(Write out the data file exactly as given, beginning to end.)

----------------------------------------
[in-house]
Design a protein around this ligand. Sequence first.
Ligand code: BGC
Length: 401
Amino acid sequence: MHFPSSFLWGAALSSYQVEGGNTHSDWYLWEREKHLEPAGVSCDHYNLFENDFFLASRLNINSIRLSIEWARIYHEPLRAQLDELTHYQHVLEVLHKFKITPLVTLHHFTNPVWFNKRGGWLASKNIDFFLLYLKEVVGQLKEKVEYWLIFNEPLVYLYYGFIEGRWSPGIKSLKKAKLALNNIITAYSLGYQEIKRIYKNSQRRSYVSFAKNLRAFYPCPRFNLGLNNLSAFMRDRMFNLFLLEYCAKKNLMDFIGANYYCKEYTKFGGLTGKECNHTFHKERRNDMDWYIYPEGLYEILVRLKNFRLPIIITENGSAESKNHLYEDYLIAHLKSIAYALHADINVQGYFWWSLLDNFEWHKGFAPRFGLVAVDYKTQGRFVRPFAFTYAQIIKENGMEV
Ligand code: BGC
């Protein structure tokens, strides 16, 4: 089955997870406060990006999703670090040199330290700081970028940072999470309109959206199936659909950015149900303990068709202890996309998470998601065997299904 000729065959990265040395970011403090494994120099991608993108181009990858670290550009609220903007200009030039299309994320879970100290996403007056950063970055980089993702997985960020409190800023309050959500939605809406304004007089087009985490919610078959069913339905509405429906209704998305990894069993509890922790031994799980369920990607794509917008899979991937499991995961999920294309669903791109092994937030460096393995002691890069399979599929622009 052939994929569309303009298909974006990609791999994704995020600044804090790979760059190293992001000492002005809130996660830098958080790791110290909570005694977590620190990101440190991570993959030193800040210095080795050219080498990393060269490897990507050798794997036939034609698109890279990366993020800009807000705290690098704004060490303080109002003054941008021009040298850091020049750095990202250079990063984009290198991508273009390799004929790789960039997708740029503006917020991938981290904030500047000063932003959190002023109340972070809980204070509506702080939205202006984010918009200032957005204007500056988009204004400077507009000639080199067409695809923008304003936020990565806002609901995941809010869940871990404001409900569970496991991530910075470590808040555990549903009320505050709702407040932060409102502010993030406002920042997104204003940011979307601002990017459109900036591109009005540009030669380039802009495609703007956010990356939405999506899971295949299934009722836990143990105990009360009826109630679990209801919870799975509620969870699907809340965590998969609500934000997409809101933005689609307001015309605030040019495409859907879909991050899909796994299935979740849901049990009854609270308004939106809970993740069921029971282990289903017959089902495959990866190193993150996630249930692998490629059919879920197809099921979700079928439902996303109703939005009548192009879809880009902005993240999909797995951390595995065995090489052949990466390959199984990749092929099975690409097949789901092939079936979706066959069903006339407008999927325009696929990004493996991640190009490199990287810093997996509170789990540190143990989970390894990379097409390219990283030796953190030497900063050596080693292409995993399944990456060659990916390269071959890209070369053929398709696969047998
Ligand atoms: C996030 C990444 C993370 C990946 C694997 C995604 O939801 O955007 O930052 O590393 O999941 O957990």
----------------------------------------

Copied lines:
[in-house]
Design a protein around this ligand. Sequence first.
Ligand code: BGC
Length: 401
Amino acid sequence: MHFPSSFLWGAALSSYQVEGGNTHSDWYLWEREKHLEPAGVSCDHYNLFENDFFLASRLNINSIRLSIEWARIYHEPLRAQLDELTHYQHVLEVLHKFKITPLVTLHHFTNPVWFNKRGGWLASKNIDFFLLYLKEVVGQLKEKVEYWLIFNEPLVYLYYGFIEGRWSPGIKSLKKAKLALNNIITAYSLGYQEIKRIYKNSQRRSYVSFAKNLRAFYPCPRFNLGLNNLSAFMRDRMFNLFLLEYCAKKNLMDFIGANYYCKEYTKFGGLTGKECNHTFHKERRNDMDWYIYPEGLYEILVRLKNFRLPIIITENGSAESKNHLYEDYLIAHLKSIAYALHADINVQGYFWWSLLDNFEWHKGFAPRFGLVAVDYKTQGRFVRPFAFTYAQIIKENGMEV
Ligand code: BGC
């Protein structure tokens, strides 16, 4: 089955997870406060990006999703670090040199330290700081970028940072999470309109959206199936659909950015149900303990068709202890996309998470998601065997299904 000729065959990265040395970011403090494994120099991608993108181009990858670290550009609220903007200009030039299309994320879970100290996403007056950063970055980089993702997985960020409190800023309050959500939605809406304004007089087009985490919610078959069913339905509405429906209704998305990894069993509890922790031994799980369920990607794509917008899979991937499991995961999920294309669903791109092994937030460096393995002691890069399979599929622009 052939994929569309303009298909974006990609791999994704995020600044804090790979760059190293992001000492002005809130996660830098958080790791110290909570005694977590620190990101440190991570993959030193800040210095080795050219080498990393060269490897990507050798794997036939034609698109890279990366993020800009807000705290690098704004060490303080109002003054941008021009040298850091020049750095990202250079990063984009290198991508273009390799004929790789960039997708740029503006917020991938981290904030500047000063932003959190002023109340972070809980204070509506702080939205202006984010918009200032957005204007500056988009204004400077507009000639080199067409695809923008304003936020990565806002609901995941809010869940871990404001409900569970496991991530910075470590808040555990549903009320505050709702407040932060409102502010993030406002920042997104204003940011979307601002990017459109900036591109009005540009030669380039802009495609703007956010990356939405999506899971295949299934009722836990143990105990009360009826109630679990209801919870799975509620969870699907809340965590998969609500934000997409809101933005689609307001015309605030040019495409859907879909991050899909796994299935979740849901049990009854609270308004939106809970993740069921029971282990289903017959089902495959990866190193993150996630249930692998490629059919879920197809099921979700079928439902996303109703939005009548192009879809880009902005993240999909797995951390595995065995090489052949990466390959199984990749092929099975690409097949789901092939079936979706066959069903006339407008999927325009696929990004493996991640190009490199990287810093997996509170789990540190143990989970390894990379097409390219990283030796953190030497900063050596080693292409995993399944990456060659990916390269071959890209070369053929398709696969047998
Ligand atoms: C996030 C990444 C993370 C990946 C694997 C995604 O939801 O955007 O930052 O590393 O999941 O957990």